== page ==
Our collaboration wouldn’t have been possible if we had we not shared a similar aesthetic sensibility, the core of which were certain political concerns. A foundational theme of The Echo Chamber is colonialism and, more broadly, the exercise—and negotiation—of power in various forms. In this context, Luke’s urge to destabilise authorial authority, and his use of transcription—that is, Evie’s refusal to speak—assume political resonance. My engagement with Luke’s book and our discussions around our respective practices informed my approach to similar themes, and the idea of narrative absolutism, in my own first novel, Genie and Paul. This is a contemporary rewriting of Bernardin de Saint-Pierre’s 18th century romance, Paul et Virginie, written when Mauritius (where both books are set) was still a French colony. While Genie and Paul begins by assuming the authorative voice of the nineteenth century storyteller, my aim was to undermine this anachronistic omniscience by a series of standalone monologues, in which characters who are otherwise marginalised or oppressed take control of their own stories. Towards the end of my work on this, Luke and I discussed the possibility of full collaboration on a second book-length project. These discussions inspired one of the final monologues in Genie and Paul. It is the story of a Chagossian man whose family were forced by the British Government into exile – along with all other inhabitants of the Chagos Archipelago – to expedite the leasing of the largest island, Diego Garcia, to the US Government as a military base in 1968. On reflection, I see Genie and Paul as a kind of proto-collaboration with Luke – he was my first reader throughout, and so had some creative input into the book. Our current collaboration is a development of these foundational conversations.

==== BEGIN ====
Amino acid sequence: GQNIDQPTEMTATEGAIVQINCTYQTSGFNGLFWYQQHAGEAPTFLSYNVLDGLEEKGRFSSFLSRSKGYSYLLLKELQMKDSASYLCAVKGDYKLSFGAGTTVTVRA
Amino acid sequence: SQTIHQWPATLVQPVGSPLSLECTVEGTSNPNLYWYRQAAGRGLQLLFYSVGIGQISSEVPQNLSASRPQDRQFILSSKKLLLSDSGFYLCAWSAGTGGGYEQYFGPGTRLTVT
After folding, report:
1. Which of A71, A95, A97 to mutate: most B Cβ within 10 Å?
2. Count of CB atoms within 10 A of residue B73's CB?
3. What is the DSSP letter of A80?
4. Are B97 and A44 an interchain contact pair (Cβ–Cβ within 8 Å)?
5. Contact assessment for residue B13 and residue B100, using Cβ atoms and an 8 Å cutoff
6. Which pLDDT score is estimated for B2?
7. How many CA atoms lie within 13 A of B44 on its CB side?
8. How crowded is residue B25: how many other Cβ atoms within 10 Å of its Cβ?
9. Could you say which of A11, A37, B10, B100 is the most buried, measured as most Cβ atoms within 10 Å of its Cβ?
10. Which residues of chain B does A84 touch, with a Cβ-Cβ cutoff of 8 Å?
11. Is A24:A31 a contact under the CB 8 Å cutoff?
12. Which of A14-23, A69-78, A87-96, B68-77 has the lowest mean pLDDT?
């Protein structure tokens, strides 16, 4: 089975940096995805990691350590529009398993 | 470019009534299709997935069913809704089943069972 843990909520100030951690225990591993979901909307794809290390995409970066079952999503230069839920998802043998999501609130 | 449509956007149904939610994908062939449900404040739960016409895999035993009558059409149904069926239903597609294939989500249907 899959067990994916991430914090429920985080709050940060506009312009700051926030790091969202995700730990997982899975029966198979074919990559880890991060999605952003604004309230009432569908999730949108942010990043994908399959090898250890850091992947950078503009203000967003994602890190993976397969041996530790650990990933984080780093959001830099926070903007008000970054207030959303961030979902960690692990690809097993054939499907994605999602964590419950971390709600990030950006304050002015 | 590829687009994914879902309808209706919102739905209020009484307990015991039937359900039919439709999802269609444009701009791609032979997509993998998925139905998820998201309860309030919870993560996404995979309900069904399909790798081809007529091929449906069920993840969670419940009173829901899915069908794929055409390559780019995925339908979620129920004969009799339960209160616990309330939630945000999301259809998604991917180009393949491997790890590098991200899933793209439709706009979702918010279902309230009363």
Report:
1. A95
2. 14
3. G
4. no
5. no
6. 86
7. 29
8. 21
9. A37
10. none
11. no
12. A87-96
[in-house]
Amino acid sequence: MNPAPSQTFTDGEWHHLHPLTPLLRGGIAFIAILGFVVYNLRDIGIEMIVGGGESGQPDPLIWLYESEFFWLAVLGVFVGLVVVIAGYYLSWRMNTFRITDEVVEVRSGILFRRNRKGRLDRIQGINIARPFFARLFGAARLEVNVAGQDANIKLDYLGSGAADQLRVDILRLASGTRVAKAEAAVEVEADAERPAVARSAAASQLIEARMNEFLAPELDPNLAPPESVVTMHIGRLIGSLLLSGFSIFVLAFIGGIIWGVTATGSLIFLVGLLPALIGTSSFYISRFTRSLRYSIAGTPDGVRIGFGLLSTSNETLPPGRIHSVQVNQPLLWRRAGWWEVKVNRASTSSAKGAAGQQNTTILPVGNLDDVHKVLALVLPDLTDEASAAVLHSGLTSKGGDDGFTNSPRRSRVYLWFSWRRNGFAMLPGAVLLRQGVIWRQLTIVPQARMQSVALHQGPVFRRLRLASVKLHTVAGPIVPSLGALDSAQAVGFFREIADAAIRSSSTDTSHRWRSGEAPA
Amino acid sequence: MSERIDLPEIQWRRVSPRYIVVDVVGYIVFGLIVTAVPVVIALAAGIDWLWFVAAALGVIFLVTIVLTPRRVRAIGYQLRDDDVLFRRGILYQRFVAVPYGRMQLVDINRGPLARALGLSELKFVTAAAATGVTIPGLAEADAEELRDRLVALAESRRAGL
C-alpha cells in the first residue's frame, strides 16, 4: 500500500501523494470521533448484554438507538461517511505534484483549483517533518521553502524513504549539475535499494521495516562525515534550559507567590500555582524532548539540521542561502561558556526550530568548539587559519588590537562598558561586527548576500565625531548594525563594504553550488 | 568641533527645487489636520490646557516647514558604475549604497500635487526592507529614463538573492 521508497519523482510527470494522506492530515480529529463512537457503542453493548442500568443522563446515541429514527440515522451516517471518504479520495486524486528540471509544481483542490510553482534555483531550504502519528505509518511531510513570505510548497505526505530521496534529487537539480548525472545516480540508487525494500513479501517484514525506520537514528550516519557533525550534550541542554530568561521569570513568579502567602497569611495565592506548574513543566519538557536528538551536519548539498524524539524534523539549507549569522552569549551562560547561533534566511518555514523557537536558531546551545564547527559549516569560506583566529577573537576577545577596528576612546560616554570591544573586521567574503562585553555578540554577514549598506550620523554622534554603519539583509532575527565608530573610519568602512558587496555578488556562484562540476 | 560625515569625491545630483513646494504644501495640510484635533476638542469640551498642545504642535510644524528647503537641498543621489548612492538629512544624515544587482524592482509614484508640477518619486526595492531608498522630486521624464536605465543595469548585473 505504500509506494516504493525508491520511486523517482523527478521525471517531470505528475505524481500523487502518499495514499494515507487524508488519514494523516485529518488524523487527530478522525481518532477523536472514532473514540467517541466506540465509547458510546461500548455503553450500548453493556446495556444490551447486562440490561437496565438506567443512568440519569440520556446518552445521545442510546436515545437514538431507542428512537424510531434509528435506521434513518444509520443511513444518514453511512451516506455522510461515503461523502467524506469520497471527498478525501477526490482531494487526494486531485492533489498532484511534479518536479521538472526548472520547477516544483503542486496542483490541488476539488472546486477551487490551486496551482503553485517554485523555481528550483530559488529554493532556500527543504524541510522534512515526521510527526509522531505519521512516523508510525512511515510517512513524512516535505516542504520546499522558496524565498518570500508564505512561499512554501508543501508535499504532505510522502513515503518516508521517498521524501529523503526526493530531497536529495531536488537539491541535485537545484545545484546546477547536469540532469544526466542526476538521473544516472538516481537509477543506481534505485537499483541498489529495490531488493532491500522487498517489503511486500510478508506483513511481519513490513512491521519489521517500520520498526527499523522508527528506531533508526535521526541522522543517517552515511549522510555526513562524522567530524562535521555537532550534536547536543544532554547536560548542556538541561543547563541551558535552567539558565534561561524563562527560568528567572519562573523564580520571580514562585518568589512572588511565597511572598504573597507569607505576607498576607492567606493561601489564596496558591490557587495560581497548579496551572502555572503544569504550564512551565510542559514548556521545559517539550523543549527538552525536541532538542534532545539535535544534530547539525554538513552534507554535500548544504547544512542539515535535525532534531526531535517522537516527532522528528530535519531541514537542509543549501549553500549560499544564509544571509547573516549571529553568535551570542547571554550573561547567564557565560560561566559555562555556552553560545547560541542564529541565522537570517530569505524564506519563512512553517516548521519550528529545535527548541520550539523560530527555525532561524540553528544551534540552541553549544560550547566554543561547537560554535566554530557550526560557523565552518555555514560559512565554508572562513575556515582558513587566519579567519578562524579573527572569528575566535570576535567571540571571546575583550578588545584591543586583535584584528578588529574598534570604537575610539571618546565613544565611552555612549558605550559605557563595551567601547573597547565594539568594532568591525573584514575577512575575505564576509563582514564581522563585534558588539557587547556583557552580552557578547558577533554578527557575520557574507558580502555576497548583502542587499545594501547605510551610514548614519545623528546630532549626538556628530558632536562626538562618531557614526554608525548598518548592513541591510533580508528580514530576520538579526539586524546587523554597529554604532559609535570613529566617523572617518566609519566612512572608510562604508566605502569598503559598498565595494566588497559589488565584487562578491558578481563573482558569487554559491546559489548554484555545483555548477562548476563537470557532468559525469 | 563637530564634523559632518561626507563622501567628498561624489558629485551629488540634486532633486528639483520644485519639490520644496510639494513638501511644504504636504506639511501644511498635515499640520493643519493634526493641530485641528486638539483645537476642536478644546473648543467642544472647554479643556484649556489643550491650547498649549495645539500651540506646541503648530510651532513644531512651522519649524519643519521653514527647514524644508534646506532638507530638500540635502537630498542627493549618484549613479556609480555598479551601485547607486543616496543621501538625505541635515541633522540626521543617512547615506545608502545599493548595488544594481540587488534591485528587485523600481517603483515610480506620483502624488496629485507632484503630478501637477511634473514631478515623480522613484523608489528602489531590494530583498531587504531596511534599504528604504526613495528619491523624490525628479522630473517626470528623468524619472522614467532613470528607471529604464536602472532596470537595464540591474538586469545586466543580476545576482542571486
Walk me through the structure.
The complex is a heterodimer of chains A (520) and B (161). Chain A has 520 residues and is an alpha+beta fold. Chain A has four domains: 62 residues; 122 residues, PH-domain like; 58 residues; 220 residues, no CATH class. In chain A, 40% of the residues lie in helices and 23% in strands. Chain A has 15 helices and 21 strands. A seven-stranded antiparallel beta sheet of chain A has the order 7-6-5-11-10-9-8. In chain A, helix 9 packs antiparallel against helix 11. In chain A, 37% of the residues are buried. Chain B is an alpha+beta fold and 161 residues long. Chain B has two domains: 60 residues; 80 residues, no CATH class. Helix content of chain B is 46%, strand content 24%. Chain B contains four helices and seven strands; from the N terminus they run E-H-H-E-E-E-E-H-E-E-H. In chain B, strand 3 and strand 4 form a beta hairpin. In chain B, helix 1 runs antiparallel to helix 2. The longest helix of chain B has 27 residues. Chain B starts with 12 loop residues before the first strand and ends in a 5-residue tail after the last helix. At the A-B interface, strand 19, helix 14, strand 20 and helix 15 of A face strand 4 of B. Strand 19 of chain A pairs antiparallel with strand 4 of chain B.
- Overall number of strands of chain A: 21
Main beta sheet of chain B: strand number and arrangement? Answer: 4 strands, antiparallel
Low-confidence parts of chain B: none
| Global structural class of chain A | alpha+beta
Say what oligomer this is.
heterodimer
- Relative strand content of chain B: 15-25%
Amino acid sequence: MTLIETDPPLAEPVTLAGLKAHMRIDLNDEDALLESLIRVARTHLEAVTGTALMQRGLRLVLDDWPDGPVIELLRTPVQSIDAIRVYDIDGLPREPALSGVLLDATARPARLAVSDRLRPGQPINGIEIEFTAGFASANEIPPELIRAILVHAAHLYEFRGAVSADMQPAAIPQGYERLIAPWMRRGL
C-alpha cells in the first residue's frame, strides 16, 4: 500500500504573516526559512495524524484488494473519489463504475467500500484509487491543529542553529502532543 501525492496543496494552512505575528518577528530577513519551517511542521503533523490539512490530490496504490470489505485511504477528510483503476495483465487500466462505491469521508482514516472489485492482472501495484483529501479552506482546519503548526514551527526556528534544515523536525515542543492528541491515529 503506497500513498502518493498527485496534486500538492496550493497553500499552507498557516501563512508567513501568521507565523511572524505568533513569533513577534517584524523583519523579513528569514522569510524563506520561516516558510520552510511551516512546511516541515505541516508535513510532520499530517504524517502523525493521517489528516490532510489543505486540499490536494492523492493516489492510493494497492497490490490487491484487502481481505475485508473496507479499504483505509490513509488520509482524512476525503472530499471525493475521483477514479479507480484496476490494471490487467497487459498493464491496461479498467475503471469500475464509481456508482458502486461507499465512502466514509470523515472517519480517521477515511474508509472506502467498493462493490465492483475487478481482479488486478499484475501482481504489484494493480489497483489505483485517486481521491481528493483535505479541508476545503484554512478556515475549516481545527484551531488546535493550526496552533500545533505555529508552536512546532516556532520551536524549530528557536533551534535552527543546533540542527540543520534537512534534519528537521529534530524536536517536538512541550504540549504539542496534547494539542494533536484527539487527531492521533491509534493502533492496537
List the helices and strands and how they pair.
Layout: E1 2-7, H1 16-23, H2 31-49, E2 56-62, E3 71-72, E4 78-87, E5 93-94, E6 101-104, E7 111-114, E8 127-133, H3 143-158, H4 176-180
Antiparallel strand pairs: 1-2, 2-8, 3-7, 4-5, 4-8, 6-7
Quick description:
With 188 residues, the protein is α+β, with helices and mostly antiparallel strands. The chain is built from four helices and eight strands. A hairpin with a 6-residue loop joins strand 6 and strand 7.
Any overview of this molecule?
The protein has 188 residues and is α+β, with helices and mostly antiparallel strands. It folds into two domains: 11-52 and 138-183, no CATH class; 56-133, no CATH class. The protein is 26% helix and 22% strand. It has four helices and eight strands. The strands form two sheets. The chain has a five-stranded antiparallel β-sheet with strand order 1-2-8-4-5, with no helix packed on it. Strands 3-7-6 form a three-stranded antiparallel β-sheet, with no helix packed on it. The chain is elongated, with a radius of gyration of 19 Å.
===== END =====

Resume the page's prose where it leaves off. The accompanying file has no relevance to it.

This project is a hybrid novel or prose work (to use W.G. Sebald’s term) called Diego Garcia. It’s a history of the island, from its origin in myth to its present status as British colony, US military base and appropriated homeland of the Chagossian Islanders. The book continues the interrogations of power begun (to varying degrees) in our respective first novels; in Diego Garcia we are examining how power uses narrative to enforce and extend its position, such narratives usually presenting themselves as the only story. One example of this is the 1965 government memo pertaining to the proposed expulsion of the islanders. This document, headed ‘Maintaining the Fiction’, emphasised the necessity of presenting the Chagossian Islanders as an itinerant population, rather than the settled inhabitants that most of them were. Under international law it is illegal to send into exile your own citizens but as an ‘itinerant population’ Chagossians would be ineligible for citizenship, and the government within its rights to evict them in line with plans to militarise the zone and clear it of non-authorised personnel.